Some two dozen Cooperstown residents were almost evenly divided in comments during a public hearing Monday, December 6, to address a pending Board of Trustees vote that would find the Village opting out of allowing the retail sale of marijuana within Cooperstown’s borders.
New York legalized the sale of marijuana in April, and allowed local governments to choose whether they want dispensaries and lounges where customers could smoke on-site. To opt out, however, that same state law requires a local government to pass a local law no later than December 31, 2021. Failure to do so automatically opens the locality to dispensaries and lounges; those local governments that vote to opt out prior to the year-end deadline may repeal that local law through permissive referendum at a later date to allow for retail sale.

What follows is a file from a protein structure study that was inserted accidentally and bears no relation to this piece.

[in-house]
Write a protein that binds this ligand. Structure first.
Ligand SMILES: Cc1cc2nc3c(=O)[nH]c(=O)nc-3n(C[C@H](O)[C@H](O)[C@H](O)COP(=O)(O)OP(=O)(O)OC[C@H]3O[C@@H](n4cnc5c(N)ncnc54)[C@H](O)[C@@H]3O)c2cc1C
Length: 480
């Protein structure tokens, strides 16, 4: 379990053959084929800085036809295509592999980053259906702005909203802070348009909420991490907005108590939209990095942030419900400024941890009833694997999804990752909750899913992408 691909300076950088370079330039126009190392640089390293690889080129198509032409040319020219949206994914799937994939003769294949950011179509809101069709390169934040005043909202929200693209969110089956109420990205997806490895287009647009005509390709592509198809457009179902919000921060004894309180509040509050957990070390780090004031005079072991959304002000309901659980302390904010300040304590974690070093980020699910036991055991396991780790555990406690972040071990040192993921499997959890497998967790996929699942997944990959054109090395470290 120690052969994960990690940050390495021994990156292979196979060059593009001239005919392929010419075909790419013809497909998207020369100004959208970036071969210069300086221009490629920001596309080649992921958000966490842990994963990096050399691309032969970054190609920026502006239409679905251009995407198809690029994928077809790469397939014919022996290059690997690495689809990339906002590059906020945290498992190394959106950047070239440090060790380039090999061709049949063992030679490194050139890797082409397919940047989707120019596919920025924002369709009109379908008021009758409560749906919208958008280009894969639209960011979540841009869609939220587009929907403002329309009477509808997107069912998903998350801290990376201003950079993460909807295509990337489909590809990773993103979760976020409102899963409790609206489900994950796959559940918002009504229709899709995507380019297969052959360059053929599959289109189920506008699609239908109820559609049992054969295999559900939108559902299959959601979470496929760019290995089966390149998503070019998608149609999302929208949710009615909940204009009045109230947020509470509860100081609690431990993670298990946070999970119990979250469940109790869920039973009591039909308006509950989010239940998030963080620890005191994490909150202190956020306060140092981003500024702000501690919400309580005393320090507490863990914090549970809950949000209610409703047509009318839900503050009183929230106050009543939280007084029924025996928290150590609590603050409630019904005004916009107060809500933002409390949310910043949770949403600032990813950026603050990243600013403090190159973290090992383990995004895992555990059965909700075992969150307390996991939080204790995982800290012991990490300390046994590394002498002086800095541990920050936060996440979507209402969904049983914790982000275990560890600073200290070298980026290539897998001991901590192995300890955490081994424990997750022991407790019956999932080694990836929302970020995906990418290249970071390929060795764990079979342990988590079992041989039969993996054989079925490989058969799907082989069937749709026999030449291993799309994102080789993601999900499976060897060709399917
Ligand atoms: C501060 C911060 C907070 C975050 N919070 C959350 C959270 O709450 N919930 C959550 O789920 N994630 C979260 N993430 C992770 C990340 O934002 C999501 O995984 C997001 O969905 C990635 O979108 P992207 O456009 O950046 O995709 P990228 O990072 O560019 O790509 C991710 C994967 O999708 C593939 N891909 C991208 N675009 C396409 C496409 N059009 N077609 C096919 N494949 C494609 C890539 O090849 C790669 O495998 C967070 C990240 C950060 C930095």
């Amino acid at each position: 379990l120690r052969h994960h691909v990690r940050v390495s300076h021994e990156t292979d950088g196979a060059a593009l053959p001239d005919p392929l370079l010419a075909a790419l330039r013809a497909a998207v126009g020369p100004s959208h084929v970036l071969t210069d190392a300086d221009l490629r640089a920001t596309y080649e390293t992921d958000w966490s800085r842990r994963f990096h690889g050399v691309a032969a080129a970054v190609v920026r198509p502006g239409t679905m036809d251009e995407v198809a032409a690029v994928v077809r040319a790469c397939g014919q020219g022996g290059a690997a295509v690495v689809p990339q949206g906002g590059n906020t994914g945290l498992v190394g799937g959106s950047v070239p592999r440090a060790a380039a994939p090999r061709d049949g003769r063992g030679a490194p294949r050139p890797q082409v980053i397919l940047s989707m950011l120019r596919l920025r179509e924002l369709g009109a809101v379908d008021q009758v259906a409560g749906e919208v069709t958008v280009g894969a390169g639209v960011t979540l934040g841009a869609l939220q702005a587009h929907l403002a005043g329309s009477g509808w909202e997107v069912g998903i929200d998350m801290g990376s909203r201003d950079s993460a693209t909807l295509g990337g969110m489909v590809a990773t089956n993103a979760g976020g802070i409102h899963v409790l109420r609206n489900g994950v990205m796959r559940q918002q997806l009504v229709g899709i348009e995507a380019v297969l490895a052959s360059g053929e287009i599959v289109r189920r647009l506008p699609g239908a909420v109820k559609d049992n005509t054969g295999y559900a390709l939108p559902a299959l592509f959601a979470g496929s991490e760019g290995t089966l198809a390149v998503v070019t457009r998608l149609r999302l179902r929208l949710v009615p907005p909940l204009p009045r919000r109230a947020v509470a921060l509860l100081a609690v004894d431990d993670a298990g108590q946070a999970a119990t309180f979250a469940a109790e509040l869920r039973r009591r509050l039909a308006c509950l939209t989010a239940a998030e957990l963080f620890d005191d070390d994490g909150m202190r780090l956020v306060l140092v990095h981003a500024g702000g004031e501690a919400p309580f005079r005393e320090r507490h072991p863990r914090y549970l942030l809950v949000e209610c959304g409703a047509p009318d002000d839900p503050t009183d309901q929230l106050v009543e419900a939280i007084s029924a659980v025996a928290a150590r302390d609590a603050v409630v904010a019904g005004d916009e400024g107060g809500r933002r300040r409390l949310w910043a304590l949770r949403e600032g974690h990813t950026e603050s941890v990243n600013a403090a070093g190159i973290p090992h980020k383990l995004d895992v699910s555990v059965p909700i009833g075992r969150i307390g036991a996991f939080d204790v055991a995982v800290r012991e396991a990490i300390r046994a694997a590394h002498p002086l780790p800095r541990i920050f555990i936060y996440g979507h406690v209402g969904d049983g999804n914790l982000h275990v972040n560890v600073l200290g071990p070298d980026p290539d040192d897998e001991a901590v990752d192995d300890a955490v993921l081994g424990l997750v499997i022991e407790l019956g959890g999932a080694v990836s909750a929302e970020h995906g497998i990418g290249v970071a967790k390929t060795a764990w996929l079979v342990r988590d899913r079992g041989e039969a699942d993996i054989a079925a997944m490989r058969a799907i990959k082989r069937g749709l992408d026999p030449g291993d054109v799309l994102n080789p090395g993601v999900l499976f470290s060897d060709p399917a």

Editor’s Note: This is citizen Bill Waller’s recommendation in a March 29 letter to the Cooperstown Village Board on how to spend its expected share from the $1.9 trillion Biden Stimulus Plan.
Dear Mayor Tillapaugh and the Board of Trustees;
I read with interest statements relating to the benefits coming to Cooperstown from the recently enacted American Rescue Plan (ARP). According to press accounts, this could be nearly $350,000.
In reviewing the proposed 2021-2022 Village of Cooperstown Budget, I did not see any amount referencing the ARP disbursement. This is entirely understandable since the act has just passed, well after all the budget discussions held by the Board of Trustees.
As this is budget enactment time, I would like to express my opinion as to how these funds should be spent when they arrive.